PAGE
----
STEM Tuesday — Animal Perceptions– Writing Tips & Resources


Choose Your Own Writing Adventure

Did you ever read a Choose Your Own Adventure® book? As a kid I devoured those. You would read a few paragraphs and then when there’s a plot point—when a normal book would have the main character make the decision (and learn the consequences)—in these books, you, the reader get to choose.

Choose Your Own Adventure stack of books

It might look like this:

  • If you charge down the tunnel, straight into the dragon’s lair, turn to page 23.
  • If you sneak around the mountain, hoping to slip in through a backdoor, turn to page 42.

What if we could see writing like that? What if we could help students see writing like that? What if we could apply this to the challenge of writing to convey information?

One of my greatest struggles is structure. Finding just the right approach to convey information. I know I’m not the only writer (young or old) who suffers from that kind of paralysis. A great way for me to break into writing is to toy with different approaches, but it can be hard to get started, so I’ve started to play the “Choose My Own Writing Adventure” sort of game.

Play the Game

Let’s take chapter 2 of Rebecca Hirsch’s Sensational Senses: Amazing Ways Animals Perceive the World.

The first section begins:

Two eyeballs swivel on stalks atop the head of a mantis shrimp. Zip! Zoop! The eyes move up, down, left, and right as the critter scuttles across the coral reef. He is keeping watch for enemies and looking for a place to hide.”

Upon reading the first sentence, I am immediately connecting to this writing. That “Zip! Zoop!” provides a sensory experience that brings me into a scene. The action of the eyes and the verb “scuttles” has me picturing this as a movie playing in my mind. The “He is keeping watch” has me connecting with and feeling for a character. This is narrative writing!

But, in the next section, entitled “Eye Spy,” the writing shifts.

“Mantis shrimps, or stomatopods (stoh-MA-tah-pawds) are relative of crabs, lobsters, and shrimp. These tiny superheroes have the most advanced eyeballs on the planet.”

Wait. That’s all expository—information intended to explain. It’s still drawing me in. The fact about mantis shrimp relatives connects them to animals I am more familiar with, thus making the subject relatable. Even if the spread had not included intriguing photographs, I’d be developing a crabby kind of image in my mind—a hard shell, beady eyes and lots of legs. The superheroes analogy has my mind imaging all kinds of fun. The “most advanced eyeballs on the planet” has me experiencing a sense of awe for these creatures.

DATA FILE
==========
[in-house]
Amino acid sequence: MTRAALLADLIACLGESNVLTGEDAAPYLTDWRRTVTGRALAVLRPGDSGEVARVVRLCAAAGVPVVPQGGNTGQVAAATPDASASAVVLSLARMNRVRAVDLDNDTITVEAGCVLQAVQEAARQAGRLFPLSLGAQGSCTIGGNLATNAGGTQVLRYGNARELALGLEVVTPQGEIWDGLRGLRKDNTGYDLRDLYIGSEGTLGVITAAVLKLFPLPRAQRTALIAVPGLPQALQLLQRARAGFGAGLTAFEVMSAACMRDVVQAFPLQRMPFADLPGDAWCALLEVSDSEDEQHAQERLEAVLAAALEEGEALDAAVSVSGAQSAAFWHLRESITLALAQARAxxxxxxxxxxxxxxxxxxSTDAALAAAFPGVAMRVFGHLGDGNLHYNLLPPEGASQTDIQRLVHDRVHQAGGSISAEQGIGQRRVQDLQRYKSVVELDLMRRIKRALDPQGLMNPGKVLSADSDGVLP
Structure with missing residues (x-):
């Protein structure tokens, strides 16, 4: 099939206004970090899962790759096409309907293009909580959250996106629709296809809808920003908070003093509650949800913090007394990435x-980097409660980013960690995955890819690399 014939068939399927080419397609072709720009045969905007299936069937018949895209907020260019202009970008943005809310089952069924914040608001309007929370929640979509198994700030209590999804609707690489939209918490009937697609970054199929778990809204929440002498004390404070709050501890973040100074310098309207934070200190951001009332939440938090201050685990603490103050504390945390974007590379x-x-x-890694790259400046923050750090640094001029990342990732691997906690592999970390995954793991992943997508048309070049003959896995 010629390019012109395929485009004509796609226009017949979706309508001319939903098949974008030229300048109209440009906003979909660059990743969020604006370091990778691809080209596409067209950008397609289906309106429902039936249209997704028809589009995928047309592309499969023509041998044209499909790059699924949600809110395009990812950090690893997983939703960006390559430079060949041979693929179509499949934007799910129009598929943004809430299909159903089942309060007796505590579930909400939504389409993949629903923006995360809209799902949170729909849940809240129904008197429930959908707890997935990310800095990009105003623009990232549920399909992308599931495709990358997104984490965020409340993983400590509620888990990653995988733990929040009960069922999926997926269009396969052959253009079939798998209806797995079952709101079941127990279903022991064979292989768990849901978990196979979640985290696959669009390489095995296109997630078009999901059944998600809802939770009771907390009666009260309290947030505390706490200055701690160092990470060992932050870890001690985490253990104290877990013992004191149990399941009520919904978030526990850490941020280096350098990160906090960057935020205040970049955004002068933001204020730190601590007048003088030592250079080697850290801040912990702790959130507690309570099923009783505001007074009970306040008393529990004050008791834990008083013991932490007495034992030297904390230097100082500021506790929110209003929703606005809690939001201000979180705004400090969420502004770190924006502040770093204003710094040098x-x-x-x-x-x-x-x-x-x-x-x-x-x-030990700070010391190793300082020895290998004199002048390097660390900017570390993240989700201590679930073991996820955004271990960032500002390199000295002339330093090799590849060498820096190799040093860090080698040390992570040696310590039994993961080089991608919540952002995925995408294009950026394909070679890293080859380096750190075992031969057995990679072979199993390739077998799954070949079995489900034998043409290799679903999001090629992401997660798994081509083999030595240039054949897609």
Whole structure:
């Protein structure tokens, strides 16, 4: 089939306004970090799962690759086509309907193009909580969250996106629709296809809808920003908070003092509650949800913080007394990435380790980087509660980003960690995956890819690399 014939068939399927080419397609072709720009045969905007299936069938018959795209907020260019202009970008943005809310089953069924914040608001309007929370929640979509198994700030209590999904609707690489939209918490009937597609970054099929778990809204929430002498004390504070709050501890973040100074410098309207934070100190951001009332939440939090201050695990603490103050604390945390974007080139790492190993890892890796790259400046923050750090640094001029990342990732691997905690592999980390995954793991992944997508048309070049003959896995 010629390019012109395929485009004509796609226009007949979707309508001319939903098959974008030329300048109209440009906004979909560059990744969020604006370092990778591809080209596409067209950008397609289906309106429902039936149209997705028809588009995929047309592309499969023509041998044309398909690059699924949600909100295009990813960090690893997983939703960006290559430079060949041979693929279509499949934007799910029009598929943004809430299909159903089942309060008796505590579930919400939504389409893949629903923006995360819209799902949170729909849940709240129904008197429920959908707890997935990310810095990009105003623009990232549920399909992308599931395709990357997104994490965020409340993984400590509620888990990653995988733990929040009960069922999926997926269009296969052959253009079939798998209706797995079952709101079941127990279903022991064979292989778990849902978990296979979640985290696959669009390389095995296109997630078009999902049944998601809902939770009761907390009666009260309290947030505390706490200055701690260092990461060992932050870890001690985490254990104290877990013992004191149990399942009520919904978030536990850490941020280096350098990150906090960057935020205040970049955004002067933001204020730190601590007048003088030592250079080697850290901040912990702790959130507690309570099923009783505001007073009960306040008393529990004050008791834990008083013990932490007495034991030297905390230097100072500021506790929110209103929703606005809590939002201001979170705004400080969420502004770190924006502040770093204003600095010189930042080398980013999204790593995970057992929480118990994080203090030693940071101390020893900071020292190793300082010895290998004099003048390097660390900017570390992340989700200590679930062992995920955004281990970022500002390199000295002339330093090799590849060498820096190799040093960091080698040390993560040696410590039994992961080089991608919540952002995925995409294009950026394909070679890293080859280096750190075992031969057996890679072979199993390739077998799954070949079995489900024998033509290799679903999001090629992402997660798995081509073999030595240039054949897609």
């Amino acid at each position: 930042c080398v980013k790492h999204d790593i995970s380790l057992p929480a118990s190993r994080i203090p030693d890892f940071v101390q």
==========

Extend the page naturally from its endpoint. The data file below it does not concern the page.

But it is the juxtaposition of these two kinds of writing, so drastically different, that has me re-reading to learn more about writing craft. Why did the author decide to set up the chapter this way? What advantages do each of these approaches have? If I were the writer and playing the “Choose My Own Writing Adventure” game, what could my other options for these passages be?

Let’s play that game. What if the book began with the same information but that first section was written as expository text? Could I do that? Could you do that? Pull out a piece of paper (or a fresh file) and try it before you read on.

Adventurous Options

When facing this challenge myself, the first thing that occurs to me is that I’d switch the point of view to third person. But, after pondering a moment, I realize that’s not the only option:

  • If you choose to write in third person, you’ve picked a classic approach. Keep writing!
  • If you choose to write in first person—that can be done in expository, right—you’re doing something fresh and exciting!

But also, because I am now writing it as  expository, I feel the urge to begin that first paragraph by naming the animal, i.e.  “A mantis shrimp…” But there are other options, right?

  • If you start with “A mantis shrimp…” plow forward and see where it takes you.
  • If you start with “The enemies of…” be confident because you started with a hook.
  • If you start with “The eyeballs…” consider how that sets up the content.

Isn’t this fun? After you’ve played with the first section for a while, flip this idea and try going the opposite direction. Take the expository “Eye Spy” section and use that content to craft a narrative. At every junction, make yourself aware of the options you are choosing by listing out one or more other options.

Writing is an adventure! Let’s stop pretending it must be boring. Let’s use other people’s writing as examples, but not as a rule book. Let’s be writing rebels!

Heather L. Montgomery likes to take her chances. Adventurous research has led her to publication of 18 books, including: What’s in Your Pocket? Collecting Nature’s Treasures, Something Rotten: A Fresh Look at Roadkill, and Sick! The Twists and Turns behind Animal Germs. When she is not teaching a library full of students or interviewing a scientist, you might find her writing in an outlandish spot. Where will  you join her:

  • If you’re up for a stream stroll, pull on your water shoes and catch some critters with her.
  • If you’re into tree climbing, whip out your journal and scribble from the canopy.
  • If you’re brave enough for dissection, grab your gloves and goggles.

Learn more at .


Sick!: The Twists and Turns 
Behind Animal Germs
Order HERE 
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